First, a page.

Wednesday, September 24, 2008
I am currently having trouble assessing what is really going on with sentiment over the last couple of days.
It is not crucial to the way I do the job at hand but it opens the door to an interesting line of thought that to some will seem insensitive but could be very constructive in terms of getting through the current bear market and could help with future bear markets.
The context will be for diversified portfolios.
For anyone feeling a sense of fear now at any point previously or at anytime before this bear ends, what exactly are you afraid of? Not being a wise-guy, in your fear you are assigning some probability to an outcome that is not acceptable to you.
Losing all of your money, literally going to zero, is not acceptable to anyone. Nor is it in the realm of possibility (remember, diversified portfolios). How many stocks do you own that have gone to zero? Do you even use stocks or do you use indexes?
From the peak the S&P 500 is down 24% (add in dividends if you care to). If you have a reasonably diversified portfolio and took no defensive action you are down something similar in the equity portion of your portfolio, maybe a little better maybe a little worse but close.
How low do you fear the market will go? 100% is off the table. I have yet to read anywhere that makes a compelling case for this being worse than the great depression, so that would take 80% down off the table. Earlier in the decade the market cut in half with a starting PE ratio in the mid thirties (charted above). Based on the chart the PE at the peak on this go around was in the teens. I am not a fan of PE ratios for predicting anything but at a minimum it contributes to the case for the market not cutting in half in this bear phase.
Even if it does cut in half what will happen after that? After it bottoms, regardless of the level or the date, what will happen? You know the answer because you have lived through this before it will turn up. Bear markets end with new bull markets. You know this will happen but don't know when.
When the last bear bottomed it took five years to make a new high. At some point we will look at the bottom of this bear and say it took X years to make new high.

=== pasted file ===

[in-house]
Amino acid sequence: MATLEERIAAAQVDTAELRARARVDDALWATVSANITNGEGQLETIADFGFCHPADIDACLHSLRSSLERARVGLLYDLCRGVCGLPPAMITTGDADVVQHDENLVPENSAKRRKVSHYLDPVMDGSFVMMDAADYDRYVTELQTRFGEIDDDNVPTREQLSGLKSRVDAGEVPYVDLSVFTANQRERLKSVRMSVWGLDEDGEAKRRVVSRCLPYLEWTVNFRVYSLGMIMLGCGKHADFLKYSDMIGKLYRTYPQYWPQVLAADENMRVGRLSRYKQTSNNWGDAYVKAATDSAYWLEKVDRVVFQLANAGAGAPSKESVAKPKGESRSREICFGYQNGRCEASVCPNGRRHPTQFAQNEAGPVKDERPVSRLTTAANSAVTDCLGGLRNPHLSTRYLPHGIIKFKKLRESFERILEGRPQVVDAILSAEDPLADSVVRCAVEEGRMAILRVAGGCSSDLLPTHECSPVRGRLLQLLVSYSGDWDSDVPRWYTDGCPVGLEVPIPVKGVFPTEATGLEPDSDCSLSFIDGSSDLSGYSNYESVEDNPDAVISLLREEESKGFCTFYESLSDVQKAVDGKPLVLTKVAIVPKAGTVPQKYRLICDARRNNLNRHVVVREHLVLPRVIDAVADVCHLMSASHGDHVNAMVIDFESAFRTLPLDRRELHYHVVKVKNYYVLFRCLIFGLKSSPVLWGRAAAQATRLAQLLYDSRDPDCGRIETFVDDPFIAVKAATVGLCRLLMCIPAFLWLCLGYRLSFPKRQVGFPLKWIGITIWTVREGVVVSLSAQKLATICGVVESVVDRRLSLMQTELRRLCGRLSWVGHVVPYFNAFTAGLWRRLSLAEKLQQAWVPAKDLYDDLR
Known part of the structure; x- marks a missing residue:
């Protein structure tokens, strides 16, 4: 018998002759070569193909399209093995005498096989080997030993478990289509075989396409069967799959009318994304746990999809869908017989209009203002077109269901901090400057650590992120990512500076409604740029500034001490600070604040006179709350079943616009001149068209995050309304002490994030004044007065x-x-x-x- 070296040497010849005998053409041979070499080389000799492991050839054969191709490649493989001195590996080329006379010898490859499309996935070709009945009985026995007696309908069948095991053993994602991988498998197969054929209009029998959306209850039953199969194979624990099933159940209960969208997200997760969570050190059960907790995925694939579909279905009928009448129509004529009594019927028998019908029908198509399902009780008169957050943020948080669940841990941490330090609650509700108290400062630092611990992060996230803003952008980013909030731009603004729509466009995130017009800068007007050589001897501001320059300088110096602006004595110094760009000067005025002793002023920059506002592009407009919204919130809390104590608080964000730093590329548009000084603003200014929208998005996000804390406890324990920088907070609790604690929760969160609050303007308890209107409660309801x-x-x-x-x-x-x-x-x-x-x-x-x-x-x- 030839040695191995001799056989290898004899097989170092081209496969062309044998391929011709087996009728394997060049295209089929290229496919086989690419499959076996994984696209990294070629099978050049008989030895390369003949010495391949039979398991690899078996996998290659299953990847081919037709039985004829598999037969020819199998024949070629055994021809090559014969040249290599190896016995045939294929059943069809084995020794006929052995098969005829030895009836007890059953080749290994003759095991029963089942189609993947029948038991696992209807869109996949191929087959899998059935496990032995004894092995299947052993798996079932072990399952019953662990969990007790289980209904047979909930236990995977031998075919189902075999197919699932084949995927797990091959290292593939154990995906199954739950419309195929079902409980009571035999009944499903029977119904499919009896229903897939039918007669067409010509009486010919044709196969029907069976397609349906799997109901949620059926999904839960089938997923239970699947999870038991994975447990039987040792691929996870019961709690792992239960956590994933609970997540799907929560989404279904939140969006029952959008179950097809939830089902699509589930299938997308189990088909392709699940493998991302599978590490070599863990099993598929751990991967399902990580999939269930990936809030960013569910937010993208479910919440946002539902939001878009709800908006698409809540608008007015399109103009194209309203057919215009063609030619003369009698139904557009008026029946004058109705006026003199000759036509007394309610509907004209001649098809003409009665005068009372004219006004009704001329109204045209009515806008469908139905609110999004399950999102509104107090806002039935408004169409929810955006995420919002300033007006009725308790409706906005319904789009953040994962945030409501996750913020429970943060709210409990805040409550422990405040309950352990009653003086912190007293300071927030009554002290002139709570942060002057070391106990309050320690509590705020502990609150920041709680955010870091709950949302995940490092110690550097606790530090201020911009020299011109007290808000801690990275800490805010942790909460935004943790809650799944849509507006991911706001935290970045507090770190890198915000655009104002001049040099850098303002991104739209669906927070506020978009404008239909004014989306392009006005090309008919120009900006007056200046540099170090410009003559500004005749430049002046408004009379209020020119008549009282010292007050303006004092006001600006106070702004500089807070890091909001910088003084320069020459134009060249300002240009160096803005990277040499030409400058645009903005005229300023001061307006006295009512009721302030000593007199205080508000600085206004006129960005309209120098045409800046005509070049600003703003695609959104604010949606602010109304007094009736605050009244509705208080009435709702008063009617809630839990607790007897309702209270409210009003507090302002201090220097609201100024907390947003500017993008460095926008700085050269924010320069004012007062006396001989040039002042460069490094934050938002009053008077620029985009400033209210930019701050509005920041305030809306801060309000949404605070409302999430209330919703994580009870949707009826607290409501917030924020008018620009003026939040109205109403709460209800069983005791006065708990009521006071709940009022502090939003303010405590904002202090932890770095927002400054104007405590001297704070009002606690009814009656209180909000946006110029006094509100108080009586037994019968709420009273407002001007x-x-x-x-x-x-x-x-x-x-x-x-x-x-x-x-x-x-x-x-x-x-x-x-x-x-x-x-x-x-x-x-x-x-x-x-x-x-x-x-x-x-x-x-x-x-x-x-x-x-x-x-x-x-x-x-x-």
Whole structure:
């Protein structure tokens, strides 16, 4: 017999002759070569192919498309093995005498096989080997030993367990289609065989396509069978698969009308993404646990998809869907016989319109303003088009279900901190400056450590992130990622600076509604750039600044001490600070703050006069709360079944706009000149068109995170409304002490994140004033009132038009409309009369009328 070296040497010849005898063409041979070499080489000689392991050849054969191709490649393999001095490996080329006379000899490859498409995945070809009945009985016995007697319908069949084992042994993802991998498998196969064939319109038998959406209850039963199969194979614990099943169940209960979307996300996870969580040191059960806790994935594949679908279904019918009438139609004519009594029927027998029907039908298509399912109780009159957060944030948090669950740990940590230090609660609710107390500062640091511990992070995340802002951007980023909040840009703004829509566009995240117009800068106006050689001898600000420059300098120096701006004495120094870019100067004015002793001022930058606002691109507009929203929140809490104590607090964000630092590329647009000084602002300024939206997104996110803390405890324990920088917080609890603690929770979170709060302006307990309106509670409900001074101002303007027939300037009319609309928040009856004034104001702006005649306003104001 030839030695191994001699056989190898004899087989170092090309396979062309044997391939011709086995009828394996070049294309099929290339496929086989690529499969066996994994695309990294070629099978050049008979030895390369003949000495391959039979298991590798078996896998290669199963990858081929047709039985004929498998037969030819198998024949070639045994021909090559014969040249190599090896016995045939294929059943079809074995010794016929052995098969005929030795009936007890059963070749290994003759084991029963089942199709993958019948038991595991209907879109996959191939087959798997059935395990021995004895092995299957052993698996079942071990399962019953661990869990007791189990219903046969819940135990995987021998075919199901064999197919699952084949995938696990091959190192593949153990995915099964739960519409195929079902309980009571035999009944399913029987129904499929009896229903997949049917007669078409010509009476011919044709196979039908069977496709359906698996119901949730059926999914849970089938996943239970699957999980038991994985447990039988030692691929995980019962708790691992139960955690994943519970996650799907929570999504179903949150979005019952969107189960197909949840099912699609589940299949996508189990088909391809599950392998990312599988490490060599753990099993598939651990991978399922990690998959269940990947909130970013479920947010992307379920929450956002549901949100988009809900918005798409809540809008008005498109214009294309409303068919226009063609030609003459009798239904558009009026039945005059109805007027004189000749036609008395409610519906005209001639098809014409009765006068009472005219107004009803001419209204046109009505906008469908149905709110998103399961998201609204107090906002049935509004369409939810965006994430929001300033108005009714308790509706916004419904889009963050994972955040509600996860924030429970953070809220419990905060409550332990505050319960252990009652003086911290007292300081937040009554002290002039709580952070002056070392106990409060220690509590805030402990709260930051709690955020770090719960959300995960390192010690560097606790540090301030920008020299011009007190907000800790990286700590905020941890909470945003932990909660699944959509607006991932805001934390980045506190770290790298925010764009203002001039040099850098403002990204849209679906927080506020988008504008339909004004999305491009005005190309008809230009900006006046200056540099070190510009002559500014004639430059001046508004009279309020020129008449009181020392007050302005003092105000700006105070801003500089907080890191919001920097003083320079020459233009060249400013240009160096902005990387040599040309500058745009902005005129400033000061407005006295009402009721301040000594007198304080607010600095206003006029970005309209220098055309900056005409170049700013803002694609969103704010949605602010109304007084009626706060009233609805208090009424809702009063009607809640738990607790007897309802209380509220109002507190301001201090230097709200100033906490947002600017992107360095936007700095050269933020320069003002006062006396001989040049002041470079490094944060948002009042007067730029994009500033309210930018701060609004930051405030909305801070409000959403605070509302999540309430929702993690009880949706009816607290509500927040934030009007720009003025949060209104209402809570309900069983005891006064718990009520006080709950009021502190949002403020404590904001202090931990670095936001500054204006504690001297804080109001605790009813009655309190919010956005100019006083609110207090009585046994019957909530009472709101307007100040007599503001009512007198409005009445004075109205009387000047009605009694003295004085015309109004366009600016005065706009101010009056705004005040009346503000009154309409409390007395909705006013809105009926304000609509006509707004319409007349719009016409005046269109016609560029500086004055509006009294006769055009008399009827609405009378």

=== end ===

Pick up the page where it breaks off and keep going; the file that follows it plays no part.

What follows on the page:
Another dimension to the fear is "I won't have enough money when I retire." Assuming proper asset allocation (that is important) and a diversified portfolio your fate in this regard will not be determined by one bear market.
If you are 60 and you retire today you have two outcomes, you either live a long time or you do not. If you live a long time you need the portfolio to grow to keep up with inflation (assuming a prudent withdrawal rate) for a long time. If you get hit by lightning carrying your box of stuff out to the car on your last day you don't need any money but you might leave a spouse who will face the same thing; living a long time or not, same worries about inflation or not.
If you dropped all 50% in the last bear market what have you done about it since? Save more? Take out less (if you are retired)? Seek out defensive a strategy? Something else? In all likelihood you did something (even if not in the portfolio) that otherwise mitigates at least some of the setback of cutting in half a few years ago.
The reason people run out of money (again assuming a diversified portfolio and not total mismanagement of a bear market like selling out at the low and buying back after a 20% lift) is they spend too much money or manage debt poorly one way or another (the two are obviously related). If the portfolio drops 25% and at the same time you take out 10% you're going to have a problem. That magic four point whatever percent withdrawal rate is such that it can withstand big drops. Bigger withdrawals; not so much.
As kind of a repeat theme, the numbers work a certain way. One way to mitigate the fear of not having enough; don't bet you can outsmart the numbers.